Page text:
The true story of controversial General George S. Patton, who led the
Allied forces to victory in North Africa, Italy, and France during WWII.
Directed by Franklin J. Schaffner
Written by Francis Ford Coppola and Edmund H. North
Starring George C. Scott, Karl Malden, Michael Bates,
Karl Michael Vogler, Stephen Young, Michael Strong,
John Doucette, Edward Binns
Based on the books Patton: Ordeal and Triumph by Ladislas Farago and A Soldier's Story by Omar N. Bradley
Oscar Wins - Best Picture, Best Actor (George C. Scott),
Best Director, Best Adapted Screenplay, Best Art Direction,
Best Sound Mixing, Best Film Editing
Oscar Nominations - Best Cinematography, Best Visual Effects, Best Original Score (Jerry Goldsmith)
Patton tells the story of one of the most skilled military strategists of all time, General George S. Patton, and how his short temper and tendency to speak his mind nearly blacklisted him from command during the final years of World War II. Played to absolute perfection by the late George C. Scott, Patton is a biopic that is not afraid to show the reality of its subject and doesn't manipulate facts to make him into a hero. The truth is Patton was a born and bred war hawk, a madman with a thirst for war and a talent for strategy. Nobody but George C. Scott could've played him honestly, and even though he refused the award, he deserved to win Best Actor for his portrayal.
Don't be intimidated by Patton's nearly three hour run-time. While the film may have an intermission, the time really does fly by because the film is so interesting. It's incredible how history really does repeat itself. Patton was one of the first victims of his own mouth, as the press caught him in soundbites all the time. Of course, there was an incident where Patton slapped a battle fatigued soldier and called him a coward, which was where the trouble really started for him, but in a war against an enemy as evil as the Nazis, does it really make sense to persecute a man who hurt someone's feelings? I think Patton was justified in his behavior, though his reaction may have been overzealous. Regardless, it astounded me to watch this proud, expert military tactician fall from grace because of that. The film seems to manipulate you into being on Patton's side for pretty much everything, mostly because Scott's performance is so charming.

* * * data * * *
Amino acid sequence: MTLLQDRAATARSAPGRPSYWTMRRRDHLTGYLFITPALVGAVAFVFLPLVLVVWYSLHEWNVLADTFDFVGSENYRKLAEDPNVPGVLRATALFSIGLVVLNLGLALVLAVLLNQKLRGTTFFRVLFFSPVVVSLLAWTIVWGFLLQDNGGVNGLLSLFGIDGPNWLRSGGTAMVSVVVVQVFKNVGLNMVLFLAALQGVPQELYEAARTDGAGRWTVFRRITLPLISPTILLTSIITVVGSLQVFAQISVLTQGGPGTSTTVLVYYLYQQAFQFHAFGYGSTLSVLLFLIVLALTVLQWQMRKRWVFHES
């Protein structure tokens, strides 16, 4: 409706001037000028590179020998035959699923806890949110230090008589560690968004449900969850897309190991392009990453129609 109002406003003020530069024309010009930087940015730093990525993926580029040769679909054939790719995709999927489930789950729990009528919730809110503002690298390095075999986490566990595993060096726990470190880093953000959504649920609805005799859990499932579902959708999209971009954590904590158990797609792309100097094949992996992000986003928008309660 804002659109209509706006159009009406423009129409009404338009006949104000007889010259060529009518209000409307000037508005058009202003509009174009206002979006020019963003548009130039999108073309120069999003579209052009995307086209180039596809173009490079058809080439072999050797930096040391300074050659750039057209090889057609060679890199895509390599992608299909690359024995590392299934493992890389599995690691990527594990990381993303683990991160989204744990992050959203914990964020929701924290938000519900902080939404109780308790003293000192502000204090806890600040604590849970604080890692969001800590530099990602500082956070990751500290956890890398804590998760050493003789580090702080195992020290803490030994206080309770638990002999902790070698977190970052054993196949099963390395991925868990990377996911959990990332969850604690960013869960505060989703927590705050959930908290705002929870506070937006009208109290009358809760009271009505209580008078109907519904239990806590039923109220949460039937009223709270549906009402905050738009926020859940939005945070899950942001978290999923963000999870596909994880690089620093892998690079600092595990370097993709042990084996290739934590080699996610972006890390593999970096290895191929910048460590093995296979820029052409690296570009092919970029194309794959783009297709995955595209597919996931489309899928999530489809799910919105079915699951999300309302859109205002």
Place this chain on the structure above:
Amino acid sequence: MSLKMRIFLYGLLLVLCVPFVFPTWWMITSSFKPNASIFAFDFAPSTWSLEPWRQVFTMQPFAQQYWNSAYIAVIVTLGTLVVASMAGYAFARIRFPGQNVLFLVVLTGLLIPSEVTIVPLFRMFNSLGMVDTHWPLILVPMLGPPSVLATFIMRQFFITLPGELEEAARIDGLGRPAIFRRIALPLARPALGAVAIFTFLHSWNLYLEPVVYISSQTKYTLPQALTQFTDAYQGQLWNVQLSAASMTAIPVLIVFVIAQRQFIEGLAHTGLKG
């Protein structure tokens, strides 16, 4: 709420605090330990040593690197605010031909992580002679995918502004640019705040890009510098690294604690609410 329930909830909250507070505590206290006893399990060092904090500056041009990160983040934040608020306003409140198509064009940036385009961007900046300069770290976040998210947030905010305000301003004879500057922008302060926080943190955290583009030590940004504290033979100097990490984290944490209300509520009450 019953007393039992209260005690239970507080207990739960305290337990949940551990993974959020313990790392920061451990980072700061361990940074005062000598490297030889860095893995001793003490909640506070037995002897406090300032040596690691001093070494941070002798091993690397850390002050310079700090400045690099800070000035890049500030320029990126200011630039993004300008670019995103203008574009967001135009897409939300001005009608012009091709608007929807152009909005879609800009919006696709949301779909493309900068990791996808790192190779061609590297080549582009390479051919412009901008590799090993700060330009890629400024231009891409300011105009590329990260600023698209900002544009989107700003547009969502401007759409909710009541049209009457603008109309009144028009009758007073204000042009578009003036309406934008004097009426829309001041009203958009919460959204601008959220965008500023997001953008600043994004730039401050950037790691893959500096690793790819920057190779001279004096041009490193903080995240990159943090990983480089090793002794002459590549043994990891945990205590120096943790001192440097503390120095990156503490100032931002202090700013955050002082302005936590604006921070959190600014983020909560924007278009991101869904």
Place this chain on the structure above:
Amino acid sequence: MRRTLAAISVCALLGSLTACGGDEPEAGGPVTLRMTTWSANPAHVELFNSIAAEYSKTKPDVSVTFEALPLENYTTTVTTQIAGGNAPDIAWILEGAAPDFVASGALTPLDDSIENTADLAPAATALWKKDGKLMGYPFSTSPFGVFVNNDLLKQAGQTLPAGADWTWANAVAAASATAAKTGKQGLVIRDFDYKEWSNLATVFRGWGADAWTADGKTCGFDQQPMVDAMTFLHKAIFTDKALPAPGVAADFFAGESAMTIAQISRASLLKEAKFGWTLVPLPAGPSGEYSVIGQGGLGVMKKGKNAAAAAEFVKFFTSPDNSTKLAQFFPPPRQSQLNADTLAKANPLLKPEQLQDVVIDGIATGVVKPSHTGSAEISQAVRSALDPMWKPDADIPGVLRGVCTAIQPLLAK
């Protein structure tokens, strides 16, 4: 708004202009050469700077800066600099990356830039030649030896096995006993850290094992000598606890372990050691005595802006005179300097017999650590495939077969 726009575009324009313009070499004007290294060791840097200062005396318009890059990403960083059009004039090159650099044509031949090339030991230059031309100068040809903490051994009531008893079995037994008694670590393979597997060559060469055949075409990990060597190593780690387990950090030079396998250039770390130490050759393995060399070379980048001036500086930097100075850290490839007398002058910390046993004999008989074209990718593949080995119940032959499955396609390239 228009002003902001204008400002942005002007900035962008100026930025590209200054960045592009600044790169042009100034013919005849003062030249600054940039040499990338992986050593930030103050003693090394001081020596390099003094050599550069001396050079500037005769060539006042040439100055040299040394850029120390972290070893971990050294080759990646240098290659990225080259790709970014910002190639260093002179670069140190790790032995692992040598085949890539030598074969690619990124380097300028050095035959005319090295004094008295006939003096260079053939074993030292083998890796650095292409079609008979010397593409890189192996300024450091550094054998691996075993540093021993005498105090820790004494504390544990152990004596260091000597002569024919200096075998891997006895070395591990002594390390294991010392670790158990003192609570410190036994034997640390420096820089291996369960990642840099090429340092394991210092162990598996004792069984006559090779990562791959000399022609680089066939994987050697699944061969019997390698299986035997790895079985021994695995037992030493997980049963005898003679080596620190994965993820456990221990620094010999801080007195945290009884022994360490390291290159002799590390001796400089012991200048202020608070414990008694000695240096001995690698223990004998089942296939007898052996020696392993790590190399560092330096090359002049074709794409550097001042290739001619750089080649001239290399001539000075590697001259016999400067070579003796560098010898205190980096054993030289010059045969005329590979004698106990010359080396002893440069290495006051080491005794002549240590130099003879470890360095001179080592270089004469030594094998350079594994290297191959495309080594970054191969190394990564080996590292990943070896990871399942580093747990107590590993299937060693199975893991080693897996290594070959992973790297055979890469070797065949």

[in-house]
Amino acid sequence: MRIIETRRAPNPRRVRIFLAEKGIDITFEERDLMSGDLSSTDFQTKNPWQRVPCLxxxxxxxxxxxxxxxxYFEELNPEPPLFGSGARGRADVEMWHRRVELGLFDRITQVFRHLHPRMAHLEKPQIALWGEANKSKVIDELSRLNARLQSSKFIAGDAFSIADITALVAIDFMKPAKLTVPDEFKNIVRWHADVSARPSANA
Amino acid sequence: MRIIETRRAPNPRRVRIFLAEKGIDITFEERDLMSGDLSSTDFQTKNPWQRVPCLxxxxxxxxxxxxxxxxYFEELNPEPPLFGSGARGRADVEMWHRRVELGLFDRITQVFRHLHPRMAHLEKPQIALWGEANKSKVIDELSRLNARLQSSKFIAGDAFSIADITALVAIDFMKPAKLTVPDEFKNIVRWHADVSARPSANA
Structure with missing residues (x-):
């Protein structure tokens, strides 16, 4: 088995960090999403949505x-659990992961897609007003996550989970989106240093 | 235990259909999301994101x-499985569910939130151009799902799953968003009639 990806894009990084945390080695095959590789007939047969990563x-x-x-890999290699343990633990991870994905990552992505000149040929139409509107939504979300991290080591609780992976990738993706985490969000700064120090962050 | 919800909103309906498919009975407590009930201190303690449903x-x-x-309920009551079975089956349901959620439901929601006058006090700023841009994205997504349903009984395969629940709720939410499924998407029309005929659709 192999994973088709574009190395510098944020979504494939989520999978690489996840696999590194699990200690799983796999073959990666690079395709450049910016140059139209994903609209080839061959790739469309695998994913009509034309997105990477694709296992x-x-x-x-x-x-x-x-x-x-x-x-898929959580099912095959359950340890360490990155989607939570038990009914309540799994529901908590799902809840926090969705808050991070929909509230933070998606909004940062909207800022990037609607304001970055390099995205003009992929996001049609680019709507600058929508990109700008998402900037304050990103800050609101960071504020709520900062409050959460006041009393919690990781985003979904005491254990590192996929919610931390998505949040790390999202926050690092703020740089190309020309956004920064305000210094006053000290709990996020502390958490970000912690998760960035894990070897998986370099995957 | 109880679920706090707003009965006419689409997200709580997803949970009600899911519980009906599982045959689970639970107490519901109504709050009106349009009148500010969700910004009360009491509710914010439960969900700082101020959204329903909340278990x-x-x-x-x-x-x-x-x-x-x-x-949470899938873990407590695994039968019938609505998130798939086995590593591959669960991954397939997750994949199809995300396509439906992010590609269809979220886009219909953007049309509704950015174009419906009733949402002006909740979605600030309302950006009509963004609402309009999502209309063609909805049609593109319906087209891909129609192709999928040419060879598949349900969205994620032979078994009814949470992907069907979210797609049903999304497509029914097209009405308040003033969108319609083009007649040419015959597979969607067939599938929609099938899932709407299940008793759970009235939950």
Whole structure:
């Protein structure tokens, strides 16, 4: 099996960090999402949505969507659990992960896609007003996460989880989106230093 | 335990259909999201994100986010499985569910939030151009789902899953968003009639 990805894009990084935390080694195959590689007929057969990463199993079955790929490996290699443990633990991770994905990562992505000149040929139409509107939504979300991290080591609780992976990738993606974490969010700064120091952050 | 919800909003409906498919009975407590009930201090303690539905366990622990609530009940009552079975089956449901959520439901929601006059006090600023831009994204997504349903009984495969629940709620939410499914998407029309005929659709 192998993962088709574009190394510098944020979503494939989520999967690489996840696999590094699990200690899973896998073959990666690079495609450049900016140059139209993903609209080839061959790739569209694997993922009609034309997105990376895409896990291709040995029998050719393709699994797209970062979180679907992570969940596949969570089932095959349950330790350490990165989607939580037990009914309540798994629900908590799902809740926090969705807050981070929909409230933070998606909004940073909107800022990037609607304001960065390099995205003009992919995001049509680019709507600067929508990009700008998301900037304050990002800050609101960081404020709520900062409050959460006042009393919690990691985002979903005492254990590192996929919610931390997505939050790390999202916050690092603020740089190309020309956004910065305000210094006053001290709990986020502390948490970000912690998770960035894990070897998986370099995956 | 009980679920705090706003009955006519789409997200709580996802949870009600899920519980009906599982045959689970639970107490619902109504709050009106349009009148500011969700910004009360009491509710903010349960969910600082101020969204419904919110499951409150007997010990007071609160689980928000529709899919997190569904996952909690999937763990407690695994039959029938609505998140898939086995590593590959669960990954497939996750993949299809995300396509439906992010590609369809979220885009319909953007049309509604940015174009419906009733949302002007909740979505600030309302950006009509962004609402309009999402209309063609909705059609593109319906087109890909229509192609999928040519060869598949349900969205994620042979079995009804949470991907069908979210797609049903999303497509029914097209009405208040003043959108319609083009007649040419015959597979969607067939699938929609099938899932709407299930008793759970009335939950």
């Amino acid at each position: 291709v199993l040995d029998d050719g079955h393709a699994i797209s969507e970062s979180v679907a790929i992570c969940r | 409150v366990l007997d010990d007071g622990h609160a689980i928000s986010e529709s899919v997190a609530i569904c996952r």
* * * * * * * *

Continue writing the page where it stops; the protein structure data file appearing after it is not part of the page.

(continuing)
This film is one of the most brutally honest biopics of the 20th century and has earned its now iconic status. While the supporting cast may not be very memorable, George C. Scott more than makes up for them. General Patton was a controversial figure who wanted nothing more than to lead an army into combat. According to this film, he was a big part of the reason the Allies won the war. He learned from the strategies of the ancients, from battle plans used by Ancient Rome and the Carthaginians. If he were alive today, people would call him crazy. Hell, they were doing it then.